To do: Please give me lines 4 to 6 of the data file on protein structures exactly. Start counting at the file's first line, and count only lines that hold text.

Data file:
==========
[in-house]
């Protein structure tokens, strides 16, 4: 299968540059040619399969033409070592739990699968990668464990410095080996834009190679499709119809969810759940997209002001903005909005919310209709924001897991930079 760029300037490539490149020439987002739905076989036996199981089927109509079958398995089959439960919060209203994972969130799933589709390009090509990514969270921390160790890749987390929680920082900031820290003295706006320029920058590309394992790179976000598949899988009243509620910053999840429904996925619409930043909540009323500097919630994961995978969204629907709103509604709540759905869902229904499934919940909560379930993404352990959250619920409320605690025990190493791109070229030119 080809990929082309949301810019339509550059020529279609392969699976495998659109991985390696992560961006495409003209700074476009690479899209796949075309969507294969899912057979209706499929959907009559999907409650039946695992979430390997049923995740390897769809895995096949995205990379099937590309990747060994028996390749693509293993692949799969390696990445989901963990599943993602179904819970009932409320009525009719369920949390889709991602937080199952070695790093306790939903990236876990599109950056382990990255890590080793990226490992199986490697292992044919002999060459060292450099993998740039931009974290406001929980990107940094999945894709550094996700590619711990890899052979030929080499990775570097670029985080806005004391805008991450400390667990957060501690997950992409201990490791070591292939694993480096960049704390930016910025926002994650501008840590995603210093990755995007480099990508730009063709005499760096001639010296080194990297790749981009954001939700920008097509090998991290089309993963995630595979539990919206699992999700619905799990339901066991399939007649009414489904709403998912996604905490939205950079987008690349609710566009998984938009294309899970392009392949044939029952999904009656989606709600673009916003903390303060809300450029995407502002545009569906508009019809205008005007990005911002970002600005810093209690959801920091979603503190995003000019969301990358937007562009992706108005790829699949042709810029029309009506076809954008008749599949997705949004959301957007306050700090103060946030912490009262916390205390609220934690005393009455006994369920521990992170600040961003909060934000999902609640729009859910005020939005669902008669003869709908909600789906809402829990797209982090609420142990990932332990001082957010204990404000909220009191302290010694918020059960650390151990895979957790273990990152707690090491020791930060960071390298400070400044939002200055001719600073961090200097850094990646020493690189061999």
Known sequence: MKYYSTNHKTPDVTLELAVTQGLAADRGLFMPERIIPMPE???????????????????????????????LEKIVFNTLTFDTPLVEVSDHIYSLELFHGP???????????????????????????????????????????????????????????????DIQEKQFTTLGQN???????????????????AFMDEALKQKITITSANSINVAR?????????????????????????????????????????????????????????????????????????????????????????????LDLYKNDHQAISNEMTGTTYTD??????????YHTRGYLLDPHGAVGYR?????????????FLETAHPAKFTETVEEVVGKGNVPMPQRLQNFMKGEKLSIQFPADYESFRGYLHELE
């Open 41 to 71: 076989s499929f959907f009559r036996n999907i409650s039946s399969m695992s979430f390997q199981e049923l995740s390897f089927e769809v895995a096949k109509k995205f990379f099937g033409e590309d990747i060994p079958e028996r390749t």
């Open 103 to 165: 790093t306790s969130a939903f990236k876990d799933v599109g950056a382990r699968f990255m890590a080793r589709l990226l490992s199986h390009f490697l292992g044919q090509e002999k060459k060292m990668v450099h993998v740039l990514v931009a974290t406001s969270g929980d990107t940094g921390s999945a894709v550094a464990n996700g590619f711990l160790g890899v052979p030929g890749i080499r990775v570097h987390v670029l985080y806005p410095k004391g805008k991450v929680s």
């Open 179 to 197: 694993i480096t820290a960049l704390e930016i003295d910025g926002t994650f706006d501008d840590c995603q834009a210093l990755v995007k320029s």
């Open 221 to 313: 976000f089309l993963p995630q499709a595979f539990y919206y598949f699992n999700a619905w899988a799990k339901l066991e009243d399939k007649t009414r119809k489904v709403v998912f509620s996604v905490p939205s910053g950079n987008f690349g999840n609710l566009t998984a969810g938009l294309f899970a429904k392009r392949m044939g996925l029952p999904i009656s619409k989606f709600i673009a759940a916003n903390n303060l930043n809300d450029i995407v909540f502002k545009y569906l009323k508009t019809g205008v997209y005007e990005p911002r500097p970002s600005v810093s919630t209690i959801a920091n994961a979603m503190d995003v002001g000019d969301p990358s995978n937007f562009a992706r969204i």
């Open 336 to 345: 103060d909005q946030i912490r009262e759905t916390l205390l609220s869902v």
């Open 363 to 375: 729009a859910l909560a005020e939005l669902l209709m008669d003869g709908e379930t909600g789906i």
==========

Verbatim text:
């Open 41 to 71: 076989s499929f959907f009559r036996n999907i409650s039946s399969m695992s979430f390997q199981e049923l995740s390897f089927e769809v895995a096949k109509k995205f990379f099937g033409e590309d990747i060994p079958e028996r390749t």
């Open 103 to 165: 790093t306790s969130a939903f990236k876990d799933v599109g950056a382990r699968f990255m890590a080793r589709l990226l490992s199986h390009f490697l292992g044919q090509e002999k060459k060292m990668v450099h993998v740039l990514v931009a974290t406001s969270g929980d990107t940094g921390s999945a894709v550094a464990n996700g590619f711990l160790g890899v052979p030929g890749i080499r990775v570097h987390v670029l985080y806005p410095k004391g805008k991450v929680s």
């Open 179 to 197: 694993i480096t820290a960049l704390e930016i003295d910025g926002t994650f706006d501008d840590c995603q834009a210093l990755v995007k320029s």